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Detroit songwriter Allee Willis never forgot where she was from
 

By Gary Graff
ggraff@medianewsgroup.com, @GraffonMusic on Twitte

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Allee Willis achieved international fame as a songwriter, penning hits for Earth, Wind & Fire along with the theme from "Friends" ("I'll Be There For You") and the stage musical adaptation of "The Color Purple."



But Willis -- who died Tuesday, Dec. 24, at the age of 72 from what her publicist called "a cardiac event" -- never forgot her Detroit roots.



"Truthfully, whenever anyone asks me how I got into (songwriting) the first thing I say is 'I'm from Detroit,'" Willis, who was born in Detroit and graduated from Mumford High School, said during a 2018 visit to her home town. "I grew up completely obsessed -- with Motown, specifically, but then all the black labels and black radio stations. Literally, my entire life was listening to the radio."



The obsession served Willis well -- to the tune of two Grammy Awards (in 1986 for her contributions to the "Beverly Hills Cop" soundtrack and in 2016 for "The Color Purple" cast album), Tony and Emmy Award nominations, a 2018 induction into the Songwriters Hall of Fame and a Distinguished Achievement Award at that year's Detroit Music Awards. Her multi-media project "The D," an audio and visual love letter to Detroit, premiered in 2018 as well at the Detroit Institute of Arts.







And in September she was honored by the Motown Museum at a gala celebrating the label's 60th anniversary.



Earth, Wind & Fire -- for whom Willis co-wrote hits such as "September," "Boogie Wonderland" and "In the Stone" -- posted a social media message that Willis "was a one-of-a-kind creative genius. Her love, spirit and artistry are forever woven into the fabric and legacy of Earth, Wind & Fire. She will be sorely missed. Rest in love." The group's frontman Philip Bailey added that, "It would be like Allee Willis to Take Flight at a time of the most Holy of days. You will be missed my friend..."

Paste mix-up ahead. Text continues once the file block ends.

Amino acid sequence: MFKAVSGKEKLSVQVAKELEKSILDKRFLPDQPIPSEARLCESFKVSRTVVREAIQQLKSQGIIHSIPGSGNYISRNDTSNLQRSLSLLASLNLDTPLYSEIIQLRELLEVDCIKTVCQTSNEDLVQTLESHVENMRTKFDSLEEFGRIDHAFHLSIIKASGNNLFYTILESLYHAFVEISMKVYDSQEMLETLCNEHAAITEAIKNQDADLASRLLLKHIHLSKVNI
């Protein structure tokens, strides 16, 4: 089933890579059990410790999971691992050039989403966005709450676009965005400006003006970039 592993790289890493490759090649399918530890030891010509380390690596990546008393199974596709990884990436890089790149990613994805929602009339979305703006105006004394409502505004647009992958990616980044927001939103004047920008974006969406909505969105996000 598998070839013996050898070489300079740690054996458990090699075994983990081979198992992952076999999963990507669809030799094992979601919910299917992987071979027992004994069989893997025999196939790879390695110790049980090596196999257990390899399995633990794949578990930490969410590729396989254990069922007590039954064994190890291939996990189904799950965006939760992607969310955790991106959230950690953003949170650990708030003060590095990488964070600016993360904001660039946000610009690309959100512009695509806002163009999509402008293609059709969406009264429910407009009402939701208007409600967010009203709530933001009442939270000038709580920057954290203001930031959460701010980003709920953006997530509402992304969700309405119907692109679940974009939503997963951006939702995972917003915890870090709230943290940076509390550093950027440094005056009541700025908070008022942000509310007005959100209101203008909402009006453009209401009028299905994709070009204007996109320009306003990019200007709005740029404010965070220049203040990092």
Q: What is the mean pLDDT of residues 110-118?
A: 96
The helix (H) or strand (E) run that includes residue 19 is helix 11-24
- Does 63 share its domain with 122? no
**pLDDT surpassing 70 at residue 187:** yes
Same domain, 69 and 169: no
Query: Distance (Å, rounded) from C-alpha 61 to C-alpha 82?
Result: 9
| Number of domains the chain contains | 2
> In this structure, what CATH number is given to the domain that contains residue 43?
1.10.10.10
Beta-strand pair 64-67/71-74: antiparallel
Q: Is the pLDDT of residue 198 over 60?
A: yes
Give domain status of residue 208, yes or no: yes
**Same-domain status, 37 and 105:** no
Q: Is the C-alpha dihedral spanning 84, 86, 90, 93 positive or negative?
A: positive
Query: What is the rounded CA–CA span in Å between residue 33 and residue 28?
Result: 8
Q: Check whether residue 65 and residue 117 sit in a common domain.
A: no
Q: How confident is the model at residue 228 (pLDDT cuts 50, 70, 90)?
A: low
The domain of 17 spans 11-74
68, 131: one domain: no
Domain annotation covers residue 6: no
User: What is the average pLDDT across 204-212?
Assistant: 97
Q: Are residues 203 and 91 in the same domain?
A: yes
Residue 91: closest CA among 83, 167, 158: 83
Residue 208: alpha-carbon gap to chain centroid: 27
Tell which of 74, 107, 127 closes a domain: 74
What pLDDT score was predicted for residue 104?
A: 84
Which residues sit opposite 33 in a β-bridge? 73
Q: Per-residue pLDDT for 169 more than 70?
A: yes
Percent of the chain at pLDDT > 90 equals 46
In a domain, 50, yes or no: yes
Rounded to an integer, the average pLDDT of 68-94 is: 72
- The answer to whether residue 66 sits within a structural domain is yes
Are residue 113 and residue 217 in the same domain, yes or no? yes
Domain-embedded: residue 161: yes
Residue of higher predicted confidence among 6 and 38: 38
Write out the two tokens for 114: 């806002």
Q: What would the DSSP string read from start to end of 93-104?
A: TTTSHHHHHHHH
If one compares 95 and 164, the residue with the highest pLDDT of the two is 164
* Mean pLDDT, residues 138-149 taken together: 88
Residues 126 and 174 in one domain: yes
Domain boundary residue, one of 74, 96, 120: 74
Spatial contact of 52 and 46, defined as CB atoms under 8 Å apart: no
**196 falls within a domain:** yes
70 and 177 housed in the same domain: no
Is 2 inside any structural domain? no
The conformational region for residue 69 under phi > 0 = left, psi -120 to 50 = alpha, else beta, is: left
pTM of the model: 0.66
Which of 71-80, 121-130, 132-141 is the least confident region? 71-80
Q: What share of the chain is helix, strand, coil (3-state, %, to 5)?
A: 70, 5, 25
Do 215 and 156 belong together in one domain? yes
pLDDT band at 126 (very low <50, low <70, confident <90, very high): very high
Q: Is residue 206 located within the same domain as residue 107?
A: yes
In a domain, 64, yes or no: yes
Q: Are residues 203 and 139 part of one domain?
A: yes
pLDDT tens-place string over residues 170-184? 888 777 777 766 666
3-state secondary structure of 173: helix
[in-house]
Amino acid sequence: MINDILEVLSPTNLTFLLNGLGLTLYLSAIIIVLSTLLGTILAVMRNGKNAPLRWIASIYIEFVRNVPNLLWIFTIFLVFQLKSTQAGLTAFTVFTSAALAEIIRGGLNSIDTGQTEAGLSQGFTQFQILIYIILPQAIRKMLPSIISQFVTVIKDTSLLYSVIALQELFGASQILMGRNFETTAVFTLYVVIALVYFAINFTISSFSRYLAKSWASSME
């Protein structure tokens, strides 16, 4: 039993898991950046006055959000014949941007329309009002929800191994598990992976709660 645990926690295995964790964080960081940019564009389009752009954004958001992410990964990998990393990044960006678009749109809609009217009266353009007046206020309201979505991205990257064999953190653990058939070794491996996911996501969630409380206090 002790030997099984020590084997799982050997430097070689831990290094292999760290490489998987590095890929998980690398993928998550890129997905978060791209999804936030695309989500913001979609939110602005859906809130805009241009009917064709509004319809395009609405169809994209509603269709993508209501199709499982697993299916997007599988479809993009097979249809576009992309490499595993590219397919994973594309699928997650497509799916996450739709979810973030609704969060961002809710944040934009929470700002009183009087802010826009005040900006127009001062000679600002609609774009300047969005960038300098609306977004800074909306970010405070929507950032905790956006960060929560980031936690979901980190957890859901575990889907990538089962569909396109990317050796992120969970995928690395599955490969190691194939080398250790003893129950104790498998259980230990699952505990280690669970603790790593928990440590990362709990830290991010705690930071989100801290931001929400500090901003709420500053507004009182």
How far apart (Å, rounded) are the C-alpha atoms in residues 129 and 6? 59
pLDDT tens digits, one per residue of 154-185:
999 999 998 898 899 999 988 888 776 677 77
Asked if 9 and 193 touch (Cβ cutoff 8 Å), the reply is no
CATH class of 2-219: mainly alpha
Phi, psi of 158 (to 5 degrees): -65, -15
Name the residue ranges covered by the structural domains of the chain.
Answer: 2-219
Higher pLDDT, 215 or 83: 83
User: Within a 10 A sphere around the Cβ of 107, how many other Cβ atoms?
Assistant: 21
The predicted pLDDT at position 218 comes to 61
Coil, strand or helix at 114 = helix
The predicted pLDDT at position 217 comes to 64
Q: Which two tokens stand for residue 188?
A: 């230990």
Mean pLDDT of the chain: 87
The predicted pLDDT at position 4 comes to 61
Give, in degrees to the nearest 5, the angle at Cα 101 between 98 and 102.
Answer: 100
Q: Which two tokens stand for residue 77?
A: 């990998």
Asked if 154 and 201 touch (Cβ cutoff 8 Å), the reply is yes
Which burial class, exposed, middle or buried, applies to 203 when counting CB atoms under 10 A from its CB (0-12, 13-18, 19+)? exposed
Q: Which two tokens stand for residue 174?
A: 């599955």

Motown Museum CEO Robin Terry also posted a message that Willis "was an exceptional songwriter and a truly unique human being. We feel deeply honored to have worked with her...Her colorful energy will be missed in the world but her spirit will live on in the iconic songs she created for all of us to enjoy."



In addition to her music, Willis was also known as a hostess of lavish parties at her Los Angeles home as well as an avant garde furniture maker and a collector of art and kitsch. Detroit philanthropist and musician Ethan Daniel Davidson recalled a visit to Willis' home where, among other things, she showed them the late Sammy Davis Jr.'s last stash of marijuana, with a note from the entertainer, that she kept in a small box.



"My vision always was I want to take all these things -- the art, lifestyle, technology, music -- and merge them all together, which I'm still on a quest to do," Willis said. "It's been a very fun ride -- torturous at times, but I wouldn't trade it with anyone."



Besides listening to the radio, Willis' love of music led her to hang out on the lawn in front of Motown's Hitsville USA headquarters as a teenager, often sparring with her father about her affinity for black music and culture. She went on to study at the University of Wisconsin and took a job in New York writing ads and press materials for Columbia Records. She moved on to songwriting and performing, releasing one album -- "Childstar" in 1974 -- before moving to Los Angeles where she met Earth, Wind & Fire's Maurice White and began her career as a writer for hire.



Willis' other hits include "Neutron Dance" for the Pointer Sisters and "What Have I Done to Deserve This?" for Pet Shop Boys and Dusty Springfield. Willis also wrote for Debby Boone, Jennifer Holiday, Gladys Knight & the Pips, Patti LaBelle, Cyndi Lauper, and Rita Coolidge, among others, as well as the theme from "The Karate Kid," "You're the Best." In recent months she was also writing with Detroit rapper Big Sean.



"The D," which included a song and video, was the culmination of a self-financed six-year project built from more than 5,000 vocal and instrumental tracks she recorded during a series of visits to the city. "'The D' was meant to be something I would build on," Willis said at the time. "That was meant to give me a foothold back there. I wanted to keep doing things that were very much associated with Detroit. I wanted to show this is not a city to be forgotten about and show off the soulfulness of the people who are there."



Willis is survived by Prudence Fenton, her partner of 27 years. Memorial arrangements for Willis are pending.

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